The Power of Perspectives

The Canadian Bar Association

Supriya Tandan

Would Canada’s framework on climate change withstand a constitutional challenge?

December 15 2016 15 December 2016

 

Last week, eight provinces and all three territories signed the Pan-Canadian Framework on Clean Growth and Climate Change, with a view to meet the country's target to reduce emissions by 30 per cent, relative to 2005, by 2030. Provinces who are already well on their way to meeting the framework include Ontario, Québec and Alberta. Opposing the framework are Saskatchewan and Manitoba, each for their own reasons. Those who have signed on have yet to announce the exact measures they will take to match the federal timetable.

Alberta will impose an economy-wide carbon tax with its Climate Leadership Act, becoming effective on January 1. British Columbia has already put a price on carbon through the Carbon Tax Act but it will wait until after an equivalency evaluation before increasing its pricing in-line with the federal timetable. Quebec, through the Regulation respecting a cap-and-trade system for greenhouse gas emission allowances and Ontario, through the Climate Change Mitigation and Low-carbon Economy Act have opted for a cap-and-trade system to control greenhouse gas emissions. Although the exact future price of carbon under a cap-and-trade system is not known, the EcoFiscal Commission estimates $19.40 per tonne by 2020.

Signatories who will need to develop legislative frameworks to accommodate carbon pricing are Newfoundland, Prince Edward Island and New Brunswick. Nova Scotia is promising a cap-and-trade system similar to Ontario and Quebec. It seems likely that the territories will allow the federal government to administer a carbon levy.

Both Manitoba and Saskatchewan have elected not to sign the framework, each for their own reasons. While the Premier of Manitoba, Brian Pallister, appears to be holding out for more funding for health care, the Premier of Saskatchewan, Brad Wall, has been a vocal opponent of a price on carbon since its introduction. He has also questioned the efficacy and the constitutionality of national carbon price.

What are the odds a constitutional challenge would succeed? Nathalie Chalifour, Co-Director of the Centre for Environmental Law and Global Sustainability thinks they are slim and in a post written before the deal,  found justifications for a national carbon-pricing scheme under Peace, Order and Good Government powers:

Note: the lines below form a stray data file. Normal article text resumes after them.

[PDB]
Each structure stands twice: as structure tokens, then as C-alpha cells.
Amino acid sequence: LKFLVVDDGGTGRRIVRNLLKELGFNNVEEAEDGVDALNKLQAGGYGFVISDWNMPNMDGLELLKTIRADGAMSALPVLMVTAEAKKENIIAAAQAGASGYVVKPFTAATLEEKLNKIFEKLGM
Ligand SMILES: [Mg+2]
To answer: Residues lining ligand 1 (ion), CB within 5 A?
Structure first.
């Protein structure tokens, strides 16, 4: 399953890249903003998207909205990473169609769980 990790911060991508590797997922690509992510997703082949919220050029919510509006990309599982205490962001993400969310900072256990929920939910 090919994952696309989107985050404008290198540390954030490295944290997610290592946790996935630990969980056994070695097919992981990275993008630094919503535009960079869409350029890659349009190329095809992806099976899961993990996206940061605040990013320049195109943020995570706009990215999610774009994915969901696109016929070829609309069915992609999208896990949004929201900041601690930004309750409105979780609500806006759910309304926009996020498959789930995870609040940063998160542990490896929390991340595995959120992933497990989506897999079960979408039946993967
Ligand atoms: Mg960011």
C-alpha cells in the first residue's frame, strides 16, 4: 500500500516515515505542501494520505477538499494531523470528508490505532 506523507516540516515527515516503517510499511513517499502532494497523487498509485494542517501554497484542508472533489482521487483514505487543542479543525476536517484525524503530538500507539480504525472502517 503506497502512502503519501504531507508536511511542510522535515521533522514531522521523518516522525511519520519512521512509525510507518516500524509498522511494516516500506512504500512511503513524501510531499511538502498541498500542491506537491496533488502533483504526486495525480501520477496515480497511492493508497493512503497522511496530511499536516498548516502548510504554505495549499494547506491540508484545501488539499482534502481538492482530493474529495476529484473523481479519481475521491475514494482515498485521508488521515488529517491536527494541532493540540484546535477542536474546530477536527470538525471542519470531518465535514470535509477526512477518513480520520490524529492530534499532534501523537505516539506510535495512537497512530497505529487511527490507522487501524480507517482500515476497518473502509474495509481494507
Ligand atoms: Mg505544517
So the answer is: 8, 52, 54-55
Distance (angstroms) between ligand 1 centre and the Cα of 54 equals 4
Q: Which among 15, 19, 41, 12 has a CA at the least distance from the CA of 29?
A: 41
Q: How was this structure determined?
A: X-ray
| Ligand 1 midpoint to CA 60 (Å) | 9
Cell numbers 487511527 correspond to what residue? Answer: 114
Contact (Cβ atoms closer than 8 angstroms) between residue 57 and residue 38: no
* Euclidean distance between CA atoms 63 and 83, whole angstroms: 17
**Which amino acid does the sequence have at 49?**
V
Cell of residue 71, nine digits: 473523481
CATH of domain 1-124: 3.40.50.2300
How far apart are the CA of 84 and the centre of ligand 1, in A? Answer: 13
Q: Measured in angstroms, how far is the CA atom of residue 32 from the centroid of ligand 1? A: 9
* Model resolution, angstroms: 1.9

To qualify, a subject must have a certain singleness and indivisibility which renders it national, yet be sufficiently delimited so as to minimize the impacts on provincial jurisdiction. One of the tests the courts use to determine whether an issue has the requisite “singleness” is to consider what could happen if one province failed to deal effectively with the issue within its borders. If the failure of one province to cooperate could cause problems for the residents of another province, it’s a matter of national concern.

GHG are the quintessential global pollutants, affecting the atmosphere regardless of where they are emitted. The Supreme Court has stated unambiguously that Parliament has jurisdiction over the control of pollution beyond its borders, as well as extra-provincial pollution.

And criminal powers:

Parliament’s criminal law power has been interpreted expansively to cover not only crimes, but also a range of behaviour — including environmental behaviour. To quality as federal criminal law, a law must have a valid criminal purpose and create a prohibition coupled with a penalty. The Supreme Court has been unanimous in finding that environmental protection is a valid criminal purpose.

Photo licensed under Creative Commons by USDAgov

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